Visa requirements for Denmark will depend on whether you’re coming from the EU/EEA/Switzerland or non-EU/EEA nations.
Denmark is part of the European Union. So if you are from EU/EEA or Switzerland, as its policy, you will be recognized and treated as any student from the countries. So, in essence, you do not need a visa to study in Denmark. However, you do need to get a registration certificate which confirms that you are from EU/EEA/Switzerland and certifies that you have been accepted to higher education. It also states that you are self-sufficient while you are attending school.
Non-EU/EEA students do need to apply for student visas that grant them residence permits if the stay lasts longer than three months. If the stay is less than three months, then they may apply as guest students. According to the Danish Immigration Service website, the school of acceptance and you will need to fill out the required information and attach documents needed to process the application. Financial records (bank statements, grants and loan award letters) in students’ own names are also required to be submitted at that time. They are needed to prove that students are capable of supporting themselves financially during their stay. At this time, a minimum of US $830 per month is required. Another requirement that has to be met is proficiency in any of the following languages: Danish, Swedish, Norwegian, English or German. This needs to happen before entering Denmark, so don’t wait till the last minute as the processing may take up to 2 to 3 months.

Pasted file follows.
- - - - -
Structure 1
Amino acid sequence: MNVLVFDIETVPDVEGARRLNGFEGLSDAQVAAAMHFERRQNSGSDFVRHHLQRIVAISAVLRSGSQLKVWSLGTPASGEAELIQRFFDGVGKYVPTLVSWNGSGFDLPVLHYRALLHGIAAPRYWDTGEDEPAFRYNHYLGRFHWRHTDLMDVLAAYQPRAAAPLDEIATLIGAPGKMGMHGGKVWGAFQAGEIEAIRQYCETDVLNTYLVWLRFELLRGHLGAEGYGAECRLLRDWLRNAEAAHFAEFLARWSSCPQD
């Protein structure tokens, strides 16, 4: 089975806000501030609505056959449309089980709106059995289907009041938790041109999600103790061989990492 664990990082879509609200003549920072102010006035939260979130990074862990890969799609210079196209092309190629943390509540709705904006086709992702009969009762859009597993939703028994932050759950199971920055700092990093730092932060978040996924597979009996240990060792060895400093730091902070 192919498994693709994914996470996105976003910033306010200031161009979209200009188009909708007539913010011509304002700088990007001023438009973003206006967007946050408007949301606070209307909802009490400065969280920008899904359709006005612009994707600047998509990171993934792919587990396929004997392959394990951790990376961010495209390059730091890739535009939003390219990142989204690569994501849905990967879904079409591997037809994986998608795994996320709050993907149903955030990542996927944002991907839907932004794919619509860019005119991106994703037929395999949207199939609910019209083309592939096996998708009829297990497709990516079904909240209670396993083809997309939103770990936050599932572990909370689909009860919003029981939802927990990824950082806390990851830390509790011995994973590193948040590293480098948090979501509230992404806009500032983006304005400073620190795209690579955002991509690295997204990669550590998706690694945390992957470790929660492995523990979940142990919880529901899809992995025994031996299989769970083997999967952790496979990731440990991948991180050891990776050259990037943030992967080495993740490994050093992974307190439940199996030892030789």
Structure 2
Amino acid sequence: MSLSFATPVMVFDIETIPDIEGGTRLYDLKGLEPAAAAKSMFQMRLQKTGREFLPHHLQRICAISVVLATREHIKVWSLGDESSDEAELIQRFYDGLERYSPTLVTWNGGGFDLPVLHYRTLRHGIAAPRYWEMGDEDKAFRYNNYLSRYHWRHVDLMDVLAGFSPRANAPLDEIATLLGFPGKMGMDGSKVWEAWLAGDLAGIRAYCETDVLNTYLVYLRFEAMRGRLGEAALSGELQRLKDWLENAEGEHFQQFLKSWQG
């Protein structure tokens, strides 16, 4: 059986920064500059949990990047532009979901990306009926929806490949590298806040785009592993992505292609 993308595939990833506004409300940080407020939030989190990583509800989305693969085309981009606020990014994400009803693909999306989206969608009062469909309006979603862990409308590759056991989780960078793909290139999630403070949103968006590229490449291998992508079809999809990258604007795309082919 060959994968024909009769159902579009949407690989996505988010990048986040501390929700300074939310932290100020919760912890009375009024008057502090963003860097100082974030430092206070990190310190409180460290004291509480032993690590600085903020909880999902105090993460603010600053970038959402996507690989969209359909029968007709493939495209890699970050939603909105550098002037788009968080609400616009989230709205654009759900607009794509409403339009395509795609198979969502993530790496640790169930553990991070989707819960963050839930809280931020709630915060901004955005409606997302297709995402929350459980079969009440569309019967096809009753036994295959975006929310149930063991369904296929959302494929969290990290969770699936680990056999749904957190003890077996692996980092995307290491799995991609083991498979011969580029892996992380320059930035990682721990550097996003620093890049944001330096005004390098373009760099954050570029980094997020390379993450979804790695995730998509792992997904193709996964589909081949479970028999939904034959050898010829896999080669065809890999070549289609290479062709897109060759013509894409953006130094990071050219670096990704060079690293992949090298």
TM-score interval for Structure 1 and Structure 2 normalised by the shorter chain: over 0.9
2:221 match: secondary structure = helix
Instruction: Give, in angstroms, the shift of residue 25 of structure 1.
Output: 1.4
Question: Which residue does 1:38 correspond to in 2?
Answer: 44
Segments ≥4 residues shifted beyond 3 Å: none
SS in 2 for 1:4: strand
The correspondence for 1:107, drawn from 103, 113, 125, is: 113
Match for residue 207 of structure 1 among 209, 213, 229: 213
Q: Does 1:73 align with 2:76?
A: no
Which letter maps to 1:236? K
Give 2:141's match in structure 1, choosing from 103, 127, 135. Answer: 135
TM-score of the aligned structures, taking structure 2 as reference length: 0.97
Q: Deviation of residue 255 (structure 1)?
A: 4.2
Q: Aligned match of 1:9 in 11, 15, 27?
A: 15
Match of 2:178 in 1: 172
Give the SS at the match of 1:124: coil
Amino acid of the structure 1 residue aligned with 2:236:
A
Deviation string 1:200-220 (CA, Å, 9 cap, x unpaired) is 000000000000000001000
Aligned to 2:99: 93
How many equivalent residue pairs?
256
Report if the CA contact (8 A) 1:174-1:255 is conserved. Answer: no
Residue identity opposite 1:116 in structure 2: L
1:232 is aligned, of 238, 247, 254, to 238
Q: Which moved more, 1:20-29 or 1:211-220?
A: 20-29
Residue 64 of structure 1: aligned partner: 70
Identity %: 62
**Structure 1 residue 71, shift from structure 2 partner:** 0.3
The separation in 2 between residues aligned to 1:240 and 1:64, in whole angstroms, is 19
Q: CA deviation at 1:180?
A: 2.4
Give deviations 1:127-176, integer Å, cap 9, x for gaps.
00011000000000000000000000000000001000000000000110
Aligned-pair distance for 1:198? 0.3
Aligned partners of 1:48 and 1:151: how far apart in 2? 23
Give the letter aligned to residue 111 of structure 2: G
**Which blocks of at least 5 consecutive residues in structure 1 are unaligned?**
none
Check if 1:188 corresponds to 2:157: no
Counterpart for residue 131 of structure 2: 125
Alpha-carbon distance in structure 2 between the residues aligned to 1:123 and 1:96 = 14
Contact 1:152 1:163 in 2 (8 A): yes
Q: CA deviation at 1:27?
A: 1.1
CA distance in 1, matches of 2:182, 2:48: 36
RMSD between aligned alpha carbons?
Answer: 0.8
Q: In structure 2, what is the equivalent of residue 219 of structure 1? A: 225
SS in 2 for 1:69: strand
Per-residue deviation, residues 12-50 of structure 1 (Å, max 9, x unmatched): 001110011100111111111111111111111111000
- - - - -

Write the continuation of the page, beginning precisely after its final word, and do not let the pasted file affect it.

In addition, you will need to provide proof of health insurance. You will need to be able to show proof of coverage for the entire stay in Denmark.
For EU/EEA and Swiss students, get proof of your European Health Insurance Card from your authorities before coming to Denmark. This entitles you health coverage while you are in Denmark until Danish Health insurance kicks in.
In order to qualify, you need to register at the Borgerservice (Citizen Service) right away when you receive your residence certificate.
For Non-EU/EEA students, if your stay is less than three months, you should purchase private health insurance to cover any medical treatment that you may need. The requirements for insurance are as follow:
The Atlas Travel plan will meets and exceed these requirements and will provide you with a visa letter to show proof of coverage to your embassy or consulate.
However, if your stay is longer than six months, the Danish Health Security Act will be able to cover you. For Non-EU/EEA students, once you receive your yellow Health Insurance Card with your name, address, and personal registration number (CPR), you will be allowed access to free medical treatment in clinics and hospitals. But be forewarned that, it will not cover the costs of medical transfers back to your home country, emergency repatriation and liability should a need arise.
This is why having private health insurance becomes critical!